GAZA CITY, Gaza Strip — Gaza's first e-publishing house, Khota Books, sells both e-books and hard copies on its website from the comfort of readers' homes.
The publishing house was established by two young Gazans in August 2016 and offers both traditional and self-publishing. It initially published only local writers, but as of January 2018, it's acquiring reprint rights to works by international writers such as Gabriel Garcia Marquez.
Mahmoud Madi, founder and executive director of the publishing house, told Al-Monitor, “My colleague and I have noticed that young people are not interested in reading books and no longer visit public libraries, which results in a loss of our culture and heritage. Neither did we have any [electronic] publishing houses here in Gaza to promote books written by local authors." He added that many good books have never had a chance in Gaza because printing them is so expensive. Electronic books can be published at a much lower cost.
He added, “My colleague and I decided to create an e-publishing house to publish books online, allowing readers to download and read them, as well as order a hard copy and have it delivered to their doorstep.”
He noted, “After signing with an author, we [edit the work] and then issue it a national book number from the National Library in the Palestinian Ministry of Culture as well as assign an international standard book number. We upload the book on the website and print copies.”
Madi said that after each book is published, Khota Books organizes a book signing for the author and invites a number of other Palestinian authors. The public events offer visibility to both the author and the publisher.
Madi said that Khota Books' current list includes about 20 books from local and foreign authors. More than 20,000 readers have downloaded them so far, and more than 5,000 hard copies have been shipped.
Co-founder Mahmoud al-Shaer told Al-Monitor, “For five years, Madi and I participated in technological exhibitions in the Gaza Strip; we are experts now. So we decided to exploit our technological capabilities by creating an e-publishing house to encourage reading and promote books written by local authors.” Their first book, “No Sugar in the City” by poet Hind Jawdeh, was published on Aug. 11, 2016.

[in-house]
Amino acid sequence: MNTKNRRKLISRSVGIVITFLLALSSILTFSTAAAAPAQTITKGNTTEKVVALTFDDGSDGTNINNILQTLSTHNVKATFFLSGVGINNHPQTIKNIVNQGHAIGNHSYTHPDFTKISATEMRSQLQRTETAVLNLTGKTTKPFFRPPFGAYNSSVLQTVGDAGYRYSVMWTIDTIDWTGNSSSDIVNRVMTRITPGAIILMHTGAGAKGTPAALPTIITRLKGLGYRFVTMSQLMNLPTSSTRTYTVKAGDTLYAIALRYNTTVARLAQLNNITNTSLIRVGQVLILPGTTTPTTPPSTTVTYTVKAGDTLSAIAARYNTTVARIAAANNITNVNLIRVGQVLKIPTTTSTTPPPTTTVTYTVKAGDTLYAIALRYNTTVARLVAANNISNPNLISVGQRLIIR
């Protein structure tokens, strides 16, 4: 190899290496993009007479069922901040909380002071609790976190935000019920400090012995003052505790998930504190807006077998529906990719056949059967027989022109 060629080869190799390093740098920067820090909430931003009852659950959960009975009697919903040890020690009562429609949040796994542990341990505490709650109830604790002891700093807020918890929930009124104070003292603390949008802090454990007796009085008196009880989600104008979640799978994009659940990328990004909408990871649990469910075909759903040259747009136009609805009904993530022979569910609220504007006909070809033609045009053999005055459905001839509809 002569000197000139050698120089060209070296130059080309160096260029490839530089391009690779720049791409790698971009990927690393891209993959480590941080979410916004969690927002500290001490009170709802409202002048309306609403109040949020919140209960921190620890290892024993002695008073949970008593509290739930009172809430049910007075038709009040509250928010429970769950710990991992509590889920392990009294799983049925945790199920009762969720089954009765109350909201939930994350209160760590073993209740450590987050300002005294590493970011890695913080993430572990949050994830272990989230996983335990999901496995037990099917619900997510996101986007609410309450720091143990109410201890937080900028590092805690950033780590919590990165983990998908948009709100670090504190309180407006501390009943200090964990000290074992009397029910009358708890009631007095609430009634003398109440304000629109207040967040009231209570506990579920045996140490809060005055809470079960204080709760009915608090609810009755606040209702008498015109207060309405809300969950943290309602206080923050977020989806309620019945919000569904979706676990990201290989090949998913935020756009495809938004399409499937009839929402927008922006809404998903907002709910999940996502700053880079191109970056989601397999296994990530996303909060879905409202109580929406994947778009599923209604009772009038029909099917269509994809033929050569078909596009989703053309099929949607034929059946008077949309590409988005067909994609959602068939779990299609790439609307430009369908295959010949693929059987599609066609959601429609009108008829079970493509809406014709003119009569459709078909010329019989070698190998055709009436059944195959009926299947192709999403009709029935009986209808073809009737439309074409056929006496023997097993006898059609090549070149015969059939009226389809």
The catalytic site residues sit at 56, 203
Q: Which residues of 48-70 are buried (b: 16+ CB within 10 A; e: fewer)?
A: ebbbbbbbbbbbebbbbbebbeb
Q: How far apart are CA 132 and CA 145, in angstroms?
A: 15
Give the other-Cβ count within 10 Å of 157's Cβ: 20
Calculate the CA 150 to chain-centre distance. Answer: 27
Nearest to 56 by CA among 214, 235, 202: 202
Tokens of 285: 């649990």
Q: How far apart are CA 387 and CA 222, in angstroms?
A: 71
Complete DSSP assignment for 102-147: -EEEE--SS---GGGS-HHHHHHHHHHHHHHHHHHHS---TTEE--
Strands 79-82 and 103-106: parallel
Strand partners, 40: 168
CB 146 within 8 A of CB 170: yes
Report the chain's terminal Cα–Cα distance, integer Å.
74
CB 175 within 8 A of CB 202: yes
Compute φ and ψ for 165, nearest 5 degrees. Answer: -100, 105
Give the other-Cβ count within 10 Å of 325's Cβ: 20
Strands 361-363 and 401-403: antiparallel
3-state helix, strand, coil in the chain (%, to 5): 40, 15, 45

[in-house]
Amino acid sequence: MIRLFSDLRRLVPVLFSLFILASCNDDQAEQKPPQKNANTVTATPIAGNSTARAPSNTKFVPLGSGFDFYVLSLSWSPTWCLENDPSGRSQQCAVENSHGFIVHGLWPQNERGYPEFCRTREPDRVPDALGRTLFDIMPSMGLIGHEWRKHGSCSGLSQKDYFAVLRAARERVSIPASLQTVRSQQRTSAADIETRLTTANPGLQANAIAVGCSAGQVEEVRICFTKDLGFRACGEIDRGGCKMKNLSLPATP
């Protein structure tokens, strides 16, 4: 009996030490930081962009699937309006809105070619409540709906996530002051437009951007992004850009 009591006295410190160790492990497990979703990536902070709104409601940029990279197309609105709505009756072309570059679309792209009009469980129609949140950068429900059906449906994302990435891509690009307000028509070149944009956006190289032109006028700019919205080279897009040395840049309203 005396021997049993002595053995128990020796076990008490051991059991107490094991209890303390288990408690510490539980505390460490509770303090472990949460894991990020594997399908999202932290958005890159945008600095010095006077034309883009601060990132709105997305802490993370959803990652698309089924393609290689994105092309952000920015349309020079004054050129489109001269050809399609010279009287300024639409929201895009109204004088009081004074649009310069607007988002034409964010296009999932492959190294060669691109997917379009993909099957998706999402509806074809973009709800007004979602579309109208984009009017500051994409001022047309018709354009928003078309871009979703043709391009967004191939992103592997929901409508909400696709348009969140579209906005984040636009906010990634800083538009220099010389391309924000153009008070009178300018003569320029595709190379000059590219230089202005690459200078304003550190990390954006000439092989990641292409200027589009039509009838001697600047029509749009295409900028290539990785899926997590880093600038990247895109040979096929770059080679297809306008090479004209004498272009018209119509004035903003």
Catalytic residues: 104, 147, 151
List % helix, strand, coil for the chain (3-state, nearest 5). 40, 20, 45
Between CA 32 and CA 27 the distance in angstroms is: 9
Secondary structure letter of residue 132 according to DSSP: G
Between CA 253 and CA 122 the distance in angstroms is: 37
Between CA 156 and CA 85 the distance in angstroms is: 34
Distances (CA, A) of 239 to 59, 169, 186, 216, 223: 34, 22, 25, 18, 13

He added, “What is unique about an e-publishing house is that it allows books to reach foreign readers: Few Gazan authors with very distinguished books have the chance to share them with readers in other countries, nor are they able to participate in international book exhibitions held in different Arab countries, due to the Israeli siege and the continued closure of the Rafah border crossing."
Shaer explained that in addition to “”No Sugar in the City,” Khota's list includes the popular “Shashmu” by satirical writer Akram Sourani, "Testimonies on the State of Palestinian Division" and "Autumn Leaves" by Muhannad Younis, and "Nests of Memory," a collection of short stories by 100 Arab writers from Palestine, Jordan, Syria and Lebanon.
He said five Khota books by local authors took part in the Cairo International Book Fair earlier this month, noting that although the writers were unable to attend, their books made it to one of the largest book fairs in the Middle East.
“Khota Books sells both electronic and hard copies for very low sums; no book is over $3,” Shaer said, noting that Khota Books is the first and only publishing house in Gaza to obtain translation rights to novels by Gabriel Garcia Marquez and Jose Saramago. For the first time, these writers will be available both in hard copy and e-version through a Gaza publisher.
The director general of the Libraries Department in the Ministry of Culture in Gaza, Mohammed al-Sharif, praised Khota Books' efforts to encourage reading, as young people too often get their information only from social media and prefer to read on a screen.
“The ministry supports such projects that increase cultural and cognitive awareness and encourage reading and we always make sure to grant them the necessary licenses and national book numbers,” he noted.
Sharif said that there are traditional publishing houses in Gaza that publish and distribute books to bookstores and libraries. But with today's technology, young Gazans are more interested in screens than traditional books, so having an e-publishing house in the Strip that allows Gazans to easily buy books and read them online is a positive development, he added.
Mohammed Khalil, a 25-year-old government employee, told Al-Monitor, “After graduating from university three years ago, I stopped reading books because I found everything I needed to read on social media. But after Khota Books was founded, I was able to download ebooks and read them on my devices.”